Christian Kauhaus,

Known as @ckauhaus on IRC & Twitter.

Blogging on https://blog.flyingcircus.io from time to time.

Topics:

  • Got first hands-on experience with nixops, installing lots of random stuff into an ever-changing set of virtual machines on my laptop. Struggled with a corrupted nix store on my host system. Unfortunatly, nix does not give clear error messages in this case so I lost a lot of time here.
  • Hacked heavily on vulnix. An initial release should be ready soon.

lassulus

  • I learned how FHSUserEnv are working. Used them to install some closed source apps on my workstation. - I updated my build buildbot configuration to use the correct version of nixpkgs for my tests
  • I extended some services in my nixos configuration.

Code can be found in my nixos-configuration repository:

http://cgit.lassul.us/stockholm/


Maksim Bronsky

@dvhfm

  • I introduced vulnix to the community. Had some great reactions and discussions of where the development should be headed
  • I coded on one of the caching mechanisms of vulnix (xml parsing) to improve the overall runtime.

Matthias Heinzel Matthias Heinzel

Great meetup, I really enjoyed it. Looking forward to the next one. :)

I mainly set up my NixOS system, got my wifi working (yay!) and learnt a bit about the Nix language. Thanks for all your help!

I also plan to help sjordan with the graphical user interface for Nix.

mheinzel on github and IRC.


sjordan

Enjoyed the meetup. Helped people to get started on nixos/nix.

I had great discussions about different aspects of nix, especially nix as a package manager which really helped me develop concepts for a GUI for nix.

nixgui: http://hub.darcs.net/seppeljordan/nixgui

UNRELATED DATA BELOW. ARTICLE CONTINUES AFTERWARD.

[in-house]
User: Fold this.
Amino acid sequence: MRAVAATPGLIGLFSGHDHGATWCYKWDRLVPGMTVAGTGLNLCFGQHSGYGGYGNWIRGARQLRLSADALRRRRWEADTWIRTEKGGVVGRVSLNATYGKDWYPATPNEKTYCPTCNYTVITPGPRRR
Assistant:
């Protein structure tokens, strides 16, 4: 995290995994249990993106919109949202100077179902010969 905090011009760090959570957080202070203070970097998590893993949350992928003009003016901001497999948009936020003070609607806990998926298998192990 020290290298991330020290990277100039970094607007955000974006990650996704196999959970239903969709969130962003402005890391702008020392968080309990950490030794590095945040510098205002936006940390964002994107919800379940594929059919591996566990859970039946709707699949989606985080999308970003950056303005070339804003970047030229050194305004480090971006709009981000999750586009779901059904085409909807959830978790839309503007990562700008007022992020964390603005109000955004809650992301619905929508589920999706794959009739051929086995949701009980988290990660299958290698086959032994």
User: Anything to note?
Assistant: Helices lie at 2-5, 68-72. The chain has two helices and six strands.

Maarten Hoogendoorn

twtiter: @moretea_nl github: moretea

  • Helped to install NixOS on a macbook
  • Worked with Fabian on experimenting with adding documentation comments to nix, to allow attr set arguments to be documented in his list-package-options branch. Some initial code: https://github.com/moretea/nix/commit/9be41e4110983604367ee796a03aab4114a7bdbf (see tests/lang/eval-okay-functionargs-docs.exp and tests/lang/eval-okay-functionargs-docs.nix in the repo for what this actually does).
  • Hacked a way to document library functions in a structured way, this could be extended (see last commit) to support runtime type checking of functions in nix itself. See https://www.youtube.com/watch?v=ahVu3tjrriM

Mathias Schreck

github: @lo1tuma twiltter: @lo1tuma

The meetup was a really great event, as a nix newbie a learned a lot.

  • Learned about the difference between import and callPackage
  • I learned a lot about nixops and finally managed to deploy our custom jenkins package (which is based on this expression https://github.com/zalora/microgram/blob/59dfe04d2ac67945f6d2dee5f7233b0cdba9318d/pkgs/jenkins/default.nix) to virtualbox and EC2. Now we have all our jenkins config 100% as code which is much better than configuring stuff via the jenkins web UI.
  • I learned about buildFHSUserEnv. One of our jenkins plugins uses a hardcoded path to /bin/echo which I could make available through buildFHSUserEnv. I also created an upstream issue and I try provide a patch for jenkins soon.

Rok Garbas

github/twitter/irc: garbas

  • closed few wiki tickets. discovered how much I suck at writting documentation. too many interuptions to get something concretly done. but a small progress was done. anyone that want to help port remaining wiki tickets to respected manuals please select your pick:

    https://github.com/NixOS/nixpkgs/milestones/Move%20the%20wiki!

  • got familiar with vulnix. can't wait to use it for my own work. packaged the project with help of pypi2nix. helped port code from argparse to click

  • fix a lot of bugs for pypi2nix. currently i'm looking for python developers to help me test if it is working for them. separate blog post on this topic is will be written.

Final thoughts

It was fun and we also got work done. Hooray for us! I can not wait for next time we meet again. Let me know if you have any ideas for next nixos meetup (ping me on Twitter).

by Rok Garbas at July 02, 2016 10:00 PM

June 28, 2016

Joachim Schiele

nixos-augsburg-sprint

nixos-sprint

paul and me visisted the augsburger openlab last weekend, for a nice nixos sprint with profpatsch. the sprint lasted two days and we talked lots about nix/nixpkgs internals.

nix based emscripten toolchain

we've been working on the emscripten nix toolchain. current status is: prototype is working and we can already compile these targets:

note: YAY, this is the first nix-based emscripten toolchain which should work on nixos but also on mac os x and on basically every POSIX supporting unix!

nixexpr grammar